Some 25 thousand farmers in southern Colombia have been involved in weeks-long protests demanding the national government end controversial aerial fumigation of coca crops and carry out due diligence in the awarding of oil contracts.
The protesters have been blocking the main oil transport corridor in the state of Putumayo, making sure no machinery or oil workers pass through, reported local media.
The blockades led to heavy clashes between protesters and riot police on July 14 and 19, said rural press agency Agencia Prensa Rural.
Defense Minister Juan Carlos Pinzon visited the area last week and announced the upcoming arrival of more security personnel to ensure free movement of the oil companies’ employees.
However, according to news agency Colprensa, the locals have said they do not want more troops, but social investment.
“We demand a real social investment to ensure compliance with the requirements of Putumayo, avoiding both protocol and leaving aside the practice of handing responsibility to the oil company that threatens the integrity of the people,” local leader Jaime Cardona from the town of Orito was quoted as saying by Colprensa.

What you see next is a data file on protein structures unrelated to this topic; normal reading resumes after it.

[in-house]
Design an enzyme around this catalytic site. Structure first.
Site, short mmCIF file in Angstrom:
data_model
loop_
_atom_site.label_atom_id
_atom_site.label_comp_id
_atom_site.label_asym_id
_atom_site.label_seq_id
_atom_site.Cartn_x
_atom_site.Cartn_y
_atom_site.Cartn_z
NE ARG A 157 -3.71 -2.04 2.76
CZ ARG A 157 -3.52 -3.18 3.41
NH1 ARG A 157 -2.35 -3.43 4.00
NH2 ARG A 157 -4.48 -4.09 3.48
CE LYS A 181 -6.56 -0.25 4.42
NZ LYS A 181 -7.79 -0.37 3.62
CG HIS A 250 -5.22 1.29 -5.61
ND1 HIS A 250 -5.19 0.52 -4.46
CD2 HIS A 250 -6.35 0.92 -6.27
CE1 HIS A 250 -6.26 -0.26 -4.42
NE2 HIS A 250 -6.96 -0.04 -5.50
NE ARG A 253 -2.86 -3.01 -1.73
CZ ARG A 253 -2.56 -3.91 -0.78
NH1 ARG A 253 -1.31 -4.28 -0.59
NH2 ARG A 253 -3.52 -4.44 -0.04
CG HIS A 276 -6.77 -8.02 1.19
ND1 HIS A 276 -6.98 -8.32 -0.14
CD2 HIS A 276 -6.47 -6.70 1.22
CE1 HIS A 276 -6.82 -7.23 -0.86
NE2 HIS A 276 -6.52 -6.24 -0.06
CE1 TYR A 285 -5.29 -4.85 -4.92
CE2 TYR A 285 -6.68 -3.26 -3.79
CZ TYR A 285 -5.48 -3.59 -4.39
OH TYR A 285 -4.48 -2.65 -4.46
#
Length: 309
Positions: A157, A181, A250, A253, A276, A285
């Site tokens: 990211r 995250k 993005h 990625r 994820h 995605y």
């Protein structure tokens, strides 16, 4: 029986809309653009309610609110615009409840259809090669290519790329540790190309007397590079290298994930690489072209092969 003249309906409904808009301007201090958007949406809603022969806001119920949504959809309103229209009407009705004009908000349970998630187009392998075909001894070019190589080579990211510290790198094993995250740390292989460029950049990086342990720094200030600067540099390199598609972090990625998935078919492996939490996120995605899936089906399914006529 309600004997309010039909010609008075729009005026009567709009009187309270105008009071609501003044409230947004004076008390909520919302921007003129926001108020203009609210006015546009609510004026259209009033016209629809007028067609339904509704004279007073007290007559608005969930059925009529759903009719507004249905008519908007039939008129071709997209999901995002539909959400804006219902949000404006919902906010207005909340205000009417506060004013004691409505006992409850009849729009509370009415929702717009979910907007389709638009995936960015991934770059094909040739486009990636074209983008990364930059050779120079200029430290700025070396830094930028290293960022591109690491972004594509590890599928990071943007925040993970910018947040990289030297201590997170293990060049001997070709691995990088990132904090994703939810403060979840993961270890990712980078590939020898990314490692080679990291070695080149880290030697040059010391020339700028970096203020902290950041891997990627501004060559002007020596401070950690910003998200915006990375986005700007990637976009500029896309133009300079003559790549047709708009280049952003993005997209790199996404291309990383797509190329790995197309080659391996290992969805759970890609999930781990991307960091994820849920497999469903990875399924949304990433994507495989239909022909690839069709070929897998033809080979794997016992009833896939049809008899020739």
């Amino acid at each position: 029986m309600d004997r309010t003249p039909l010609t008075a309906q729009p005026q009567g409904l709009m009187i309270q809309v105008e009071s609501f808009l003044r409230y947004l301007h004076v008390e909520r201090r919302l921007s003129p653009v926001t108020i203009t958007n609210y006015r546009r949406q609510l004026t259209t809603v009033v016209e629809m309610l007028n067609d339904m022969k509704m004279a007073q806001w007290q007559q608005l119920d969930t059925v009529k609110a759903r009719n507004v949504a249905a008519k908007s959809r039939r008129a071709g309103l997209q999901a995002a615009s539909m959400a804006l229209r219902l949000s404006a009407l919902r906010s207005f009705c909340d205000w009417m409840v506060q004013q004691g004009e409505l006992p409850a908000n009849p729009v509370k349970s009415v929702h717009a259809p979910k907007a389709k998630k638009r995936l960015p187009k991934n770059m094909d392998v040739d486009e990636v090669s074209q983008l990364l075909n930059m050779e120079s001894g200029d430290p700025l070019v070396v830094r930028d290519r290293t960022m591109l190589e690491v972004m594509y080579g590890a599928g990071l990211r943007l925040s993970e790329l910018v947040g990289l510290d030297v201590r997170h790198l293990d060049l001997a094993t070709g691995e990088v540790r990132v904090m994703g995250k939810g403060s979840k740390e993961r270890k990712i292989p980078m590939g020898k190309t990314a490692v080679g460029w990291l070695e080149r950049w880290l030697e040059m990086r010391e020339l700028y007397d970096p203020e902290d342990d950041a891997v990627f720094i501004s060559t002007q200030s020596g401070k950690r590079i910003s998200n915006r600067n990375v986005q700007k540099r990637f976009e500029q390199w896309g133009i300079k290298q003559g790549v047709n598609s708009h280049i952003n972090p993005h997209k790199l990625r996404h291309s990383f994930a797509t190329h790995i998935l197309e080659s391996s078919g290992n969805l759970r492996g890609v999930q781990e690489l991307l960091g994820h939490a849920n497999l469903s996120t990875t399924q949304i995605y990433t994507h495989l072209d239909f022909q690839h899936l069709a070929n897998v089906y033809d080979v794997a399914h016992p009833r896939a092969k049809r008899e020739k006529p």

President Juan Manuel Santos, who won the presidential election in Putumayo, promised during his campaign ahead of the first election round in May that he would stop aerial fumigation with glyphosate in the region and focus on social investments, reported the news agency.
Despite this, planes continue to spray glyphosate, a chemical used to eradicate coca fields. But the massive use has caused pesticide contamination of land and water, and health complaints from local residents.
- En el Putumayo exigen parar la explotación petrolera (Agencia Prensa Rural)
- Protestan en Putumayo contra la explotación petrolera y el glifosato (Colprensa)